(3) And the treatment of the other subject races has been still worse than that of the Turks. For them nothing has been secure-whether property, lives, wives, or children. To all this have been added the horrible massacres of the Armenians, especially since Ab-dul-Hamil's time, and somewhat similar deportations of the Greeks. Both races have proved themselves abler, more industrious, enterprising, and prosperous than the Turks, and so have made themselves feared and hated doubtless not altogether without some provocation on their part in certain cases. And these massacres have been due to deliberate and direct government action, in which the Turkish people themselves have been too willing to share. They have not been crimes of the passion of the moment. And they have involved cruelties horrible beyond description.

For it must not be forgotten that this thing was not done in a corner. The evidence for few events in history has been more carefully gathered, sifted and ordered. The Bryce report upon "The Treatment of Armenians in the Ottoman Empire 1915-16," leaves no room for doubt of the essential facts. It is idle to attempt to deny it, or appreciably to mitigate its force.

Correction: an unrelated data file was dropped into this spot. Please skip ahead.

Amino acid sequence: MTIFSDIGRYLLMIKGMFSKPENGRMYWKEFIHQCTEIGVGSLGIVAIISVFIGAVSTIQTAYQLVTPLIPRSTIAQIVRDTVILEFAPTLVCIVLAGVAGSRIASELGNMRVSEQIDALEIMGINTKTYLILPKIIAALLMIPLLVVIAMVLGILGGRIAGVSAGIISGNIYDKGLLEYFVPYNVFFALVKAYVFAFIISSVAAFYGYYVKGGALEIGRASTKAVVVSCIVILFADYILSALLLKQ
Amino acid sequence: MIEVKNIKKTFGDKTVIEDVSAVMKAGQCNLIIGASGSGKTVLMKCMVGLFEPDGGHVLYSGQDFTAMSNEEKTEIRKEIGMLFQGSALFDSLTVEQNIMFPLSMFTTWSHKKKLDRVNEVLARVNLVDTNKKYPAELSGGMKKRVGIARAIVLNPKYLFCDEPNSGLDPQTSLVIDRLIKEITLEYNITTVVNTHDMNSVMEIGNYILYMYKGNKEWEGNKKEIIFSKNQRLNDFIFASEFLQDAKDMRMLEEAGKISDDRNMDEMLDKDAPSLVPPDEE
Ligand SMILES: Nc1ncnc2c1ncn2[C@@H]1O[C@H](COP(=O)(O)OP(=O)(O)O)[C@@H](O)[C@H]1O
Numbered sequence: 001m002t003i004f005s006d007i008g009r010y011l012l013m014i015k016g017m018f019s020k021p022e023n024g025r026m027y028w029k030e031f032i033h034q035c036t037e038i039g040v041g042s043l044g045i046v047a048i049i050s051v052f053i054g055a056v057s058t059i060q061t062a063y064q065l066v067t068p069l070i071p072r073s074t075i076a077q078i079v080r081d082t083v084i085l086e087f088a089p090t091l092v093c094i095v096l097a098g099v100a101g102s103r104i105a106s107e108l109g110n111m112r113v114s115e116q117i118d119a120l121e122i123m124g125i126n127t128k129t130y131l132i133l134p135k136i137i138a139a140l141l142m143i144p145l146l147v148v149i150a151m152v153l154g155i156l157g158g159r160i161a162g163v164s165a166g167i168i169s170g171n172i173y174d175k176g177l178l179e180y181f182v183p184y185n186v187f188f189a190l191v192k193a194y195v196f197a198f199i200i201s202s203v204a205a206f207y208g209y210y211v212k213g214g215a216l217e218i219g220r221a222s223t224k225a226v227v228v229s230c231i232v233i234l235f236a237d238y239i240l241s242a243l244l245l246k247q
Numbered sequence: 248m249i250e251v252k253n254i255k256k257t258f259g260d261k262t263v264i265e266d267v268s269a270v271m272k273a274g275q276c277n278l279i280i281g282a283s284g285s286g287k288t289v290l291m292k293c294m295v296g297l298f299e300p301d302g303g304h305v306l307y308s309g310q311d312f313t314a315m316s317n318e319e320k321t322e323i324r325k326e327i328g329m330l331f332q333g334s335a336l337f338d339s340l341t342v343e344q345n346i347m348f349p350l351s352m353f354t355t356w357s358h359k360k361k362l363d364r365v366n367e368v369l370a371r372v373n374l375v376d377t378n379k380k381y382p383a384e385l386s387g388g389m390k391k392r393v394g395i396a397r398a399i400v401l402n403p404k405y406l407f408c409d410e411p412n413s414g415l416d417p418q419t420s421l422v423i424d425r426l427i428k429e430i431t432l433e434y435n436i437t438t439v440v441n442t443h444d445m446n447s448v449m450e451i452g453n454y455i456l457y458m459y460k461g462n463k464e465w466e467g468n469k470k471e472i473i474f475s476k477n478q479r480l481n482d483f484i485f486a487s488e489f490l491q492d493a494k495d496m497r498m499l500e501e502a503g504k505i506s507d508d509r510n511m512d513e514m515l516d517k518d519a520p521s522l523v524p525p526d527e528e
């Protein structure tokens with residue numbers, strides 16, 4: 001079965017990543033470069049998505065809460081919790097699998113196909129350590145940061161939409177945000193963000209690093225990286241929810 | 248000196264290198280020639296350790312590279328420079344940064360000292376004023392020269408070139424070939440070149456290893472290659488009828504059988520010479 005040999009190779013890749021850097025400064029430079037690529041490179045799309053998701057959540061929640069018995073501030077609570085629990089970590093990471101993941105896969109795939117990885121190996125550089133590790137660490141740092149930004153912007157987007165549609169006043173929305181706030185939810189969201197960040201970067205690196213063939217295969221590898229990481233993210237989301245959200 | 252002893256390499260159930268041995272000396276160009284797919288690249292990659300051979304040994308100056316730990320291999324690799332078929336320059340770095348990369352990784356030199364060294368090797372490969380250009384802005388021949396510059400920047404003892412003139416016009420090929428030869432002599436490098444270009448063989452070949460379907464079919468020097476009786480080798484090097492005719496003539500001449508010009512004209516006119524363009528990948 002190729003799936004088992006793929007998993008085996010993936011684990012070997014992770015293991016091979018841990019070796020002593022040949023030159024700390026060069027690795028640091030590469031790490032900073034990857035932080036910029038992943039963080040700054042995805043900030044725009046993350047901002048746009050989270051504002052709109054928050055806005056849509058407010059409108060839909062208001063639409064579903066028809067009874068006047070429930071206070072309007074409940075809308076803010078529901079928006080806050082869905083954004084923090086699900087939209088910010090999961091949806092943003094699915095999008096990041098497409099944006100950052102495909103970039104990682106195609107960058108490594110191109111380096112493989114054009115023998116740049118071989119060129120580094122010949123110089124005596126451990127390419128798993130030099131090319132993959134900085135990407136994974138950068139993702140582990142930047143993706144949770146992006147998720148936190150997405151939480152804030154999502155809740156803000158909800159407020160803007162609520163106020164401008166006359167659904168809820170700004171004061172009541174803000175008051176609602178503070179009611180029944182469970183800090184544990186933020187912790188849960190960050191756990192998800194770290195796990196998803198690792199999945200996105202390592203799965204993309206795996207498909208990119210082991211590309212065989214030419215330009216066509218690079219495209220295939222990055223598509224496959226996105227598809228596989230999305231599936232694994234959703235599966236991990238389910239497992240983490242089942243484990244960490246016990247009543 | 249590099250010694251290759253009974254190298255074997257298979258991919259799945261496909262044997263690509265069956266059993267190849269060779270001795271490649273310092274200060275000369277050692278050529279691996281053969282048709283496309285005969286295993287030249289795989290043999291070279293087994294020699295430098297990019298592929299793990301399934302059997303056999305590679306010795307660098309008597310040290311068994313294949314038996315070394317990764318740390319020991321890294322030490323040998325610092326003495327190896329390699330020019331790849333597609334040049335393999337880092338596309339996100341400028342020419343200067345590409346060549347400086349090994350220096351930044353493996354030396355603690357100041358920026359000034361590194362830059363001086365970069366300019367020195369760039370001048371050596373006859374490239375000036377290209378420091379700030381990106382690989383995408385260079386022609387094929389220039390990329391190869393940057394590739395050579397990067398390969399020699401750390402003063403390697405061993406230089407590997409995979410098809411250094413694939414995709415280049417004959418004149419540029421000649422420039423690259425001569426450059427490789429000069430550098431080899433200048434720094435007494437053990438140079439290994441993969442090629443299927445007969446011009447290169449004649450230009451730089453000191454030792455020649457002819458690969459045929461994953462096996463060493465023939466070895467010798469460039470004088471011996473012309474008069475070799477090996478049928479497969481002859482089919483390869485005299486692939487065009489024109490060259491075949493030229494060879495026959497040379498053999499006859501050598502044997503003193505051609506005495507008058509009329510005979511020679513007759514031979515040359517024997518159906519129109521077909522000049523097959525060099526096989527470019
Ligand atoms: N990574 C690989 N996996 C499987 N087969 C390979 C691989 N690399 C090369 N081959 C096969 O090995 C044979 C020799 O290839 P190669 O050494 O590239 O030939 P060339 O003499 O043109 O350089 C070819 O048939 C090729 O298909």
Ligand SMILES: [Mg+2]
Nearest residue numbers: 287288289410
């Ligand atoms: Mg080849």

Lord Bryce, himself a trained historian, says of the report: "Nothing has been admitted the substantial truth of which seems open to reasonable doubt." And in estimating the value of the evidence, he calls attention to these Facts: (1) "Nearly all of it comes from eye witnesses", (2) "the main facts rest upon evidence coming from different and independent sources"; (3) "facts of the same, or of a very similar nature, occurring in different places, are deposed to by different and independent witnesses," -including Danish and German witnesses; (4) "the volume of this concurrent evidence from different quarters is so large as to establish the main facts beyond all question"; (5) "in particular it is to be noted that many of the most, shocking and horrible accounts are those for which there is the most abundant testimony from the most trustworthy neutral witnesses. None of these cruelties rest on native evidence alone." And, he adds: "A recollection of previous massacres will show that such crimes are a part of a long settled and often repeated policy of Turkish rulers.... The attempts made to find excuses for wholesale slaughter and for the removal of a whole people from its homes leaves no room for doubt as to the slaughter and the removal. The main facts are established by the confession of the criminals themselves.... The disapproval of palliations which the Turks have put forward is as complete as the proof for the atrocities themselves."